My thought process is that volume, over time, will make me a well rounded athletic and healthy person. I’d rather be consistently doing movements that support a lifestyle full of running around and being energetic with my kids. I used to be extremely intense in the gym for 2-3 times a week. It feels good to have this program but the chance of injury is likely higher and the growth over time seems to be less. While the total reps over the week are the same than compared to the 3 intense days, I’m sustaining the reps over a much more consistent timeline since the workload is less and it’s something I can stick with. Naturally, as I progress in strength and overall health, I’ll be able to progress exponentially as the workload will improve as the movements get more complex. (Muscle ups, planche pushups, shrimp squats etc.)
The Importance of Form
In the past, I was all about the number of reps, but I’ve shifted my focus to form. It’s better to do five excellent reps than fifteen sloppy ones. Good form means better muscle engagement and less risk of injury.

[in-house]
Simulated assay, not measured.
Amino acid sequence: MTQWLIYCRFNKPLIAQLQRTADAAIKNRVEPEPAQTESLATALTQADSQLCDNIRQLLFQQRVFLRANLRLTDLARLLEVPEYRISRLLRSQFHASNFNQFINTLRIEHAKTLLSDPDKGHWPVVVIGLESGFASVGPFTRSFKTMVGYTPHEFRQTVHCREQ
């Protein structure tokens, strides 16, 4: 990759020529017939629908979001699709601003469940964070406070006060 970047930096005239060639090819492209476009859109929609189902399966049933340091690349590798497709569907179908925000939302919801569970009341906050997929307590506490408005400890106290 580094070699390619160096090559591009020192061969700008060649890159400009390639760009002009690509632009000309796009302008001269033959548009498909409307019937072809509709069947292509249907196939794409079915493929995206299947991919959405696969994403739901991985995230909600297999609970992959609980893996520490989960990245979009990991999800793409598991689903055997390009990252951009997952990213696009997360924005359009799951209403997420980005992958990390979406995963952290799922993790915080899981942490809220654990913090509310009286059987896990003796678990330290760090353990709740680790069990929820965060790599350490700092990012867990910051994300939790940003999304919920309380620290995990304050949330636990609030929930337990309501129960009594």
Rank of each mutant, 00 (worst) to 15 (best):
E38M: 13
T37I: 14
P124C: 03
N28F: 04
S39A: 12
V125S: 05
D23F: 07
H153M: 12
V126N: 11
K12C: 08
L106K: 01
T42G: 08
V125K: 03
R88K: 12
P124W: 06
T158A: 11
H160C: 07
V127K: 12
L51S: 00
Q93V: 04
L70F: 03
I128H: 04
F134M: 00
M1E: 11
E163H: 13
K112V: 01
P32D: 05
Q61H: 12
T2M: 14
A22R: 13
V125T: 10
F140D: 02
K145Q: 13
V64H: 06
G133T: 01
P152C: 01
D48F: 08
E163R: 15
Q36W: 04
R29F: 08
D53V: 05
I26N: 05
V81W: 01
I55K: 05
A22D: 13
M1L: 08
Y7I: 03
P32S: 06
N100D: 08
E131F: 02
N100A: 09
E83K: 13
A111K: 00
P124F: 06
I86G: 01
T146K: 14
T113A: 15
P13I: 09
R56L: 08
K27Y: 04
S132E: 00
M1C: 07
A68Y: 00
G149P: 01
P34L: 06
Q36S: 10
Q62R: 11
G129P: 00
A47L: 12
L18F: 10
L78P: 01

Over time, I will progress much faster by just adopting good form versus quick reps.
An at-home Calisthenics Routine That Covers All Bases
This at-home calisthenics routine hits all the fundamental movements, is quick, intense, and maintains, if not builds, muscle over time. I’ve moved away from traditional weightlifting, not because it’s ineffective, but because I want to feel more athletic, agile, and well-rounded. Too often after months of weight lifting, I feel myself out of breath over simple movements like going up the stairs, or lifting basic objects off the ground.
My joints seem to be in pain more frequently as while I enjoy compound movements, I like to move my body as the workout not another object that puts me in a position for injury. For example, even though I aim to lift weights that I can control, I still found myself in positions of pain because I did one shoulder press wrong and now I can’t do that movement for a few weeks.
I find that with my at-home calisthenics routine, the chances for injury are lower as the pressure placed on the body is also lower and in order for you to “abort” the movement, you might just need to twist your body a little to the left or right. Or with pushups/pullups you drop to the ground, rest, and try again.